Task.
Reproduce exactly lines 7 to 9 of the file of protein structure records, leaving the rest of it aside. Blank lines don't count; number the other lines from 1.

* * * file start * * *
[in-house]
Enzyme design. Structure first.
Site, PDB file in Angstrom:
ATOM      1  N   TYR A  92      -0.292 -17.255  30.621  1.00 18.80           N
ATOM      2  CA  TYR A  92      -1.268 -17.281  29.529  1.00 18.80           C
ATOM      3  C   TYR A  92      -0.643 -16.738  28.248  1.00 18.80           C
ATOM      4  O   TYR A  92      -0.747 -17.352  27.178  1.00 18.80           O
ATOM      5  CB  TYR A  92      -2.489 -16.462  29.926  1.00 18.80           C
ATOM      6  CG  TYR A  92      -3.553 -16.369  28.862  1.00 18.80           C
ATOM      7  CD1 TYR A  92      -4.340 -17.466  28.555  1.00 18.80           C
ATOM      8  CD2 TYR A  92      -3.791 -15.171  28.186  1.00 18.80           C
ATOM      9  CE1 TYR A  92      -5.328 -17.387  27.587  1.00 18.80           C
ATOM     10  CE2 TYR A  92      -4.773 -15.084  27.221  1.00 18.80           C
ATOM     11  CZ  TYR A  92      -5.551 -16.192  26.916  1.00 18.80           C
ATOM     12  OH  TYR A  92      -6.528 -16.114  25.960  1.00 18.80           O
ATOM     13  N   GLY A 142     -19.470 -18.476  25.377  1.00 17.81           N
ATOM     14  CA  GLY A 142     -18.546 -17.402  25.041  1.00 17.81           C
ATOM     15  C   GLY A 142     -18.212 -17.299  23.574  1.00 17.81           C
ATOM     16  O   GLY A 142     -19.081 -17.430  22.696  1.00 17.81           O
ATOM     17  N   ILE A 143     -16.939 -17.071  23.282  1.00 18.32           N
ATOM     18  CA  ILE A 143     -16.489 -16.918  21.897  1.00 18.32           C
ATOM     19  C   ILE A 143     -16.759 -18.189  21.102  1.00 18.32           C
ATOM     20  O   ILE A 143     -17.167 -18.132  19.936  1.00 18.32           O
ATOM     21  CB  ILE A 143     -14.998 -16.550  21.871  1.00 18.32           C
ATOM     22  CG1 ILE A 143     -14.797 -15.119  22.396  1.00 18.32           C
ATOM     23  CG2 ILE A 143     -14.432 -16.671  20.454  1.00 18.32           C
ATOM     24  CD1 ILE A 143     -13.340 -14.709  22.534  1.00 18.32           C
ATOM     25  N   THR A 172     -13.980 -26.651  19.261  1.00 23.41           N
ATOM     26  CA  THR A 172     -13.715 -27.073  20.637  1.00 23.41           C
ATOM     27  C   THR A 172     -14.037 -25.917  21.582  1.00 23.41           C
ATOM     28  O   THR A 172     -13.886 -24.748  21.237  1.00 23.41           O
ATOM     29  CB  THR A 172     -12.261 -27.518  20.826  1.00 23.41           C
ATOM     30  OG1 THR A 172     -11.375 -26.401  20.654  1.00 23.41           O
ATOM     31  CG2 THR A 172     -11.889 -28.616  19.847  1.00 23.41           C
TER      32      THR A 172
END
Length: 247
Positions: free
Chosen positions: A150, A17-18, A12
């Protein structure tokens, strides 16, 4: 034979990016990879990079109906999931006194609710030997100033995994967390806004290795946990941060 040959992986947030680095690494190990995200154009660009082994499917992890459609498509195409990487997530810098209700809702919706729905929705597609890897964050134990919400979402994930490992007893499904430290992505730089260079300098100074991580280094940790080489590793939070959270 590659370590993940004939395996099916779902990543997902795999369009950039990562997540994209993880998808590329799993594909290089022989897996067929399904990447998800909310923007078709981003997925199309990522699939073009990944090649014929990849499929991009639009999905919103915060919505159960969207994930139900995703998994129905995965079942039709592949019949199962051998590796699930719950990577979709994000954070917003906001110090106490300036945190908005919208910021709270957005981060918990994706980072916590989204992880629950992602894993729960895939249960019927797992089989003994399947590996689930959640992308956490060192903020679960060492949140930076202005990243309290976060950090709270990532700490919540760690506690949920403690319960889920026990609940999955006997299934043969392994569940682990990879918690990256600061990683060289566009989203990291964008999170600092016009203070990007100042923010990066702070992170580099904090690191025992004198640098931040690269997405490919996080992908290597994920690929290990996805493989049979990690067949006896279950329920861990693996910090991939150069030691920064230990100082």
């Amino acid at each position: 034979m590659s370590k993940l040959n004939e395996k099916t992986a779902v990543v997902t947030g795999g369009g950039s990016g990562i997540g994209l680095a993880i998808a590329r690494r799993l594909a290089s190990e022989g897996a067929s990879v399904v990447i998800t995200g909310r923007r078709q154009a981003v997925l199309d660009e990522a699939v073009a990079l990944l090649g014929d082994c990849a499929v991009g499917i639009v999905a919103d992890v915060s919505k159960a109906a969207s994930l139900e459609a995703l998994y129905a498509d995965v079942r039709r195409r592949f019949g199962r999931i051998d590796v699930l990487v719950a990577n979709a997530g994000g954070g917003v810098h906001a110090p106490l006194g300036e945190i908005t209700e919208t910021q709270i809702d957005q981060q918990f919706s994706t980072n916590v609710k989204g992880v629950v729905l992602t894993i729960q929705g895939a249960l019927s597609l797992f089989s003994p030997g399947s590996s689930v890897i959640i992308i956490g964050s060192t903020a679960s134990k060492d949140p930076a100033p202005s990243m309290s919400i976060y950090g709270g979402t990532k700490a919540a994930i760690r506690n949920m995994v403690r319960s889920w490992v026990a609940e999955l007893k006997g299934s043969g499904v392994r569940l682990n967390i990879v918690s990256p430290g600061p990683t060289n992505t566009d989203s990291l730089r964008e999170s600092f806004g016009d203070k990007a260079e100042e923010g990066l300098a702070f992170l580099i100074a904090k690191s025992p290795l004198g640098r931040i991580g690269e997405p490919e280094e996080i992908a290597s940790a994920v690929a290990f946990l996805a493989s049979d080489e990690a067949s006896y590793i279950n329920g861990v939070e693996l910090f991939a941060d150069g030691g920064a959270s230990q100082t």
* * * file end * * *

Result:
ATOM      4  O   TYR A  92      -0.747 -17.352  27.178  1.00 18.80           O
ATOM      5  CB  TYR A  92      -2.489 -16.462  29.926  1.00 18.80           C
ATOM      6  CG  TYR A  92      -3.553 -16.369  28.862  1.00 18.80           C